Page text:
'Jewish State' Law Passes Cabinet Vote

Controversial bill passed after right-wing, left-wing ministers clash.

Hezki Baruch ,

Cabinet Meeting
Cabinet Meeting
Flash 90

The Jewish State bill has passed a crucial cabinet vote this afternoon, with 15 votes for and 6 against.

The debate saw right-wing proponents of the bill face-off against mostly left-wing opponents in what was at times an angry exchange.

During the debate, Prime Minister Binyamin Netanyahu had strong words for Justice Minister Tzipi Livni, a key opponent of the law.

"If Minister Livni had behaved differently, we would not have reached today's situation. When it comes to other laws she does not behave in this way."

His comments related to Livni's attempt to torpedo the law, an effort in which she took advantage of her control of the Ministerial Committee for Legislation. Livni prevented the committee from approving it, by removing it from the committee's agenda. In response, Netanyahu brought the bill directly to the government's approval, circumventing the Committee for Legislation.

Responding to Netanyahu, Livni shot back: "Is this about the newspaper again?" in a jibe relating to the recent law targeting the pro-Netanyahu Yisrael Hayom paper.

"Yes, but a different paper," Netanyahu quipped.

Science and Technology Minister Yaakov Perry (Yesh Atid) then jumped into the fray.

"This is not the time [for the bill]," Perry stated to Netanyahu. "I know you and know that you know how to behave in a responsible way. This proposal would harm the fabric of [Jewish-Arab] relations."

Netanyahu responded by noting that the Jewish nature of Israel is increasingly being challenged. “The Palestinians refuse to recognize this, and there is also opposition from within – there are those who want to have autonomy in the Galilee and the Negev, and who deny our national rights,” he explained. "It cannot be that Arabs can live in all communities and Jews can not live in Arab communities. What is evolving here is a state within a state."

Netanyahu promises amendments

The bill was proposed by MK Ze'ev Elkin (Likud), and a nearly identical version was proposed by MKs Ayelet Shaked (Jewish Home), Yariv Levin (Likud) and Robert Ilatov (Yisrael Beytenu).

"The state of Israel is the national home of the Jewish people in which it realizes its aspiration for self determination in accordance with its cultural and historic heritage,” states the bill. “The right to realization of national self determination in Israel is exclusive to the Jewish people.”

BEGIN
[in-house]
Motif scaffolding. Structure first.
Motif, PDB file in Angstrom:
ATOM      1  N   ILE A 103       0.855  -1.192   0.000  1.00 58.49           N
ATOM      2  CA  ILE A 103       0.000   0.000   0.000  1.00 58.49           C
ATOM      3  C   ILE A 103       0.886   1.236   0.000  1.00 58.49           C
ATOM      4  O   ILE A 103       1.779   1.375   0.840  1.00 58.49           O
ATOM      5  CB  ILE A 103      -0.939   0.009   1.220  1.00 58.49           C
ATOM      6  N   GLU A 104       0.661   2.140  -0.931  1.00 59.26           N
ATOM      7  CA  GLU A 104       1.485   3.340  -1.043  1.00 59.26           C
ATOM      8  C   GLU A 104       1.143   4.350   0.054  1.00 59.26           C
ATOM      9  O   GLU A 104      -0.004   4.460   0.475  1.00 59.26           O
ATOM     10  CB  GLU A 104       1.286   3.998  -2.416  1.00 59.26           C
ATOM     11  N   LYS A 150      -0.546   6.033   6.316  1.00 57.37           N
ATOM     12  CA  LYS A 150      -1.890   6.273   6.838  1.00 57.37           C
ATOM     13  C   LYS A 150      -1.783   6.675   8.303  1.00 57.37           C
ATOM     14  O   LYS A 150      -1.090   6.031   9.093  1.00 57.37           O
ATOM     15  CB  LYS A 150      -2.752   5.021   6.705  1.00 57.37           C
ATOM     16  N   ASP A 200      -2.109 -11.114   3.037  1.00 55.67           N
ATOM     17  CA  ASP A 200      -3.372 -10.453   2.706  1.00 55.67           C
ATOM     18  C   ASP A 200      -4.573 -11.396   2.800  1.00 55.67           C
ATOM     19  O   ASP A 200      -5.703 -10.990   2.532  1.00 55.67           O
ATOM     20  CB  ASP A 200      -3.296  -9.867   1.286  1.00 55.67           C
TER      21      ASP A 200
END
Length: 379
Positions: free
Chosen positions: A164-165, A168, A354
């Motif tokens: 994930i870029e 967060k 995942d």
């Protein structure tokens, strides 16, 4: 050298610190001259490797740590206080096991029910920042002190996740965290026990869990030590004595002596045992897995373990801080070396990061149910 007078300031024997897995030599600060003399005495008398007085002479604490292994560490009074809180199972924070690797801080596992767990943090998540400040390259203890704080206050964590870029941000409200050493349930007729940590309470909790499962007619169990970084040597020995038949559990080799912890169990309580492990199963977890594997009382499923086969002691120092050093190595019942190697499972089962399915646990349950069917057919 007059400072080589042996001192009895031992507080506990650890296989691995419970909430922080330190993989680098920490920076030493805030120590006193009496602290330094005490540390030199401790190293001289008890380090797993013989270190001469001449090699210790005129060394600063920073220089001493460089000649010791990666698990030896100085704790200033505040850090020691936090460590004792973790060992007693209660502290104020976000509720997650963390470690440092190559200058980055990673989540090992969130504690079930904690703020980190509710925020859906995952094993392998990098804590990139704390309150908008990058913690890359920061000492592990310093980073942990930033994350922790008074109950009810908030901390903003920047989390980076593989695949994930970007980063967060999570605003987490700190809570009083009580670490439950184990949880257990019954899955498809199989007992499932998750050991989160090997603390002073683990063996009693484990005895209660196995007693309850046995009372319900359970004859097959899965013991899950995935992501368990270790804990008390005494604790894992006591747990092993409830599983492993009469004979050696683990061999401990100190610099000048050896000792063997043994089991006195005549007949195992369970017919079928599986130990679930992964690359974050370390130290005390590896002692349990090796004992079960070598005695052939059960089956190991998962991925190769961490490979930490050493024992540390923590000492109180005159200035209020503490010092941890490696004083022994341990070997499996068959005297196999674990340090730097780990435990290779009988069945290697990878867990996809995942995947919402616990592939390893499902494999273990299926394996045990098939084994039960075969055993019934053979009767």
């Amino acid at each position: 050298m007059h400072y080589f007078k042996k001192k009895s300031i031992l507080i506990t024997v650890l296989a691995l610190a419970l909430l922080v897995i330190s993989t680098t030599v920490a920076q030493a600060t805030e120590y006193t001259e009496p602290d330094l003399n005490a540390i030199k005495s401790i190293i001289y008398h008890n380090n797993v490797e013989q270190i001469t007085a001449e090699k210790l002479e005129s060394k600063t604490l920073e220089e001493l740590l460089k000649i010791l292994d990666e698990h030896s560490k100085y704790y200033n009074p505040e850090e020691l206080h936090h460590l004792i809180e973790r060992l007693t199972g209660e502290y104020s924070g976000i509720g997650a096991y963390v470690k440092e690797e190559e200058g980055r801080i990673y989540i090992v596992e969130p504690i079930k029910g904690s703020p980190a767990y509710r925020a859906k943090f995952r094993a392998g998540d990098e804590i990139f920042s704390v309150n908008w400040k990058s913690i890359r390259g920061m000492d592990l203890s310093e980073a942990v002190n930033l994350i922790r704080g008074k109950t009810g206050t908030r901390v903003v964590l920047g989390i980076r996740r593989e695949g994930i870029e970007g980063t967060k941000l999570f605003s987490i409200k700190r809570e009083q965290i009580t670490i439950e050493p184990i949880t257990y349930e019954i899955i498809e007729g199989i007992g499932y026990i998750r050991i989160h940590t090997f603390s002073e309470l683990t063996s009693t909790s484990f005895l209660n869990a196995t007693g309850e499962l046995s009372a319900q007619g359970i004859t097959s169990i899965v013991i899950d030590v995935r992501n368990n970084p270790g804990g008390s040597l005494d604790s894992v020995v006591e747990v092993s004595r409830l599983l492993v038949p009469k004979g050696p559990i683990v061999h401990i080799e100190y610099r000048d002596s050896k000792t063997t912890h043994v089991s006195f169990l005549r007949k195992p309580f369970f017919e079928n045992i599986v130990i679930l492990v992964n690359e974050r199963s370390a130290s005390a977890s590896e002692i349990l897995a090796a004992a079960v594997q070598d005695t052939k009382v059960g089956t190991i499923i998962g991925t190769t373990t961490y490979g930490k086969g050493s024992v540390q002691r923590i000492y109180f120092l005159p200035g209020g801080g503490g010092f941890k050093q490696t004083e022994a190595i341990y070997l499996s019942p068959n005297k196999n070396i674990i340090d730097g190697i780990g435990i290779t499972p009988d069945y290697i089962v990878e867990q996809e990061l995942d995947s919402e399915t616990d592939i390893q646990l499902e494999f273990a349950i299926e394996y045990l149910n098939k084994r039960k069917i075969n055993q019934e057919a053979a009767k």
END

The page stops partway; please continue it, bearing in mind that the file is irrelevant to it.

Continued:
The prime minister has promised to amend these last passages, however, to make the law more “moderate.” In his version, Israel's character as the Jewish national state, and its democratic nature, receive equal stress. In the current version, Israel's Jewish character is placed before its democratic nature. However, the current version also states clearly that Israel is a democracy and that it respects the rights of all its citizens.

“People ask who needs this bill; we have managed 66 years without it,” Netanyahu said in the presence of reporters ahead of the meeting. “And I ask, who needs the Basic Law: Human Dignity and Liberty? We managed 45 years without it. We need both,” he said. “Israel is a Jewish democratic state. There are those who want democracy to take precedence over Judaism, and those who want Judaism to take precedence over democracy. In the draft law that I am bringing, both principles are equal and must be given equal consideration.”

If the bill does not receive the support of leftist coalition partners Yesh Atid and Hatnua, and fails to receive the votes of hareidi parties, it will not pass in the plenum. However, Netanyahu insisted that coalition discipline will be enforced in the upcoming preliminary plenum vote on the bill, which is scheduled for Wednesday. That means that coalition members must vote in favor of it. 

The current version also determines that Hebrew is the only official language of Israel, although Arabic enjoys special status. Netanyahu's version will not include this passage, which means Arabic would remain as one of Israel's two official languages.

Both laws state that Jewish law will serve as a source of inspiration for Israel's lawmakers and courts. Should a judge fail to find a solution for a juridical issue, it says, “he should decide it in accordance with the principles of freedom, justice, honesty and peace of the heritage of Israel.”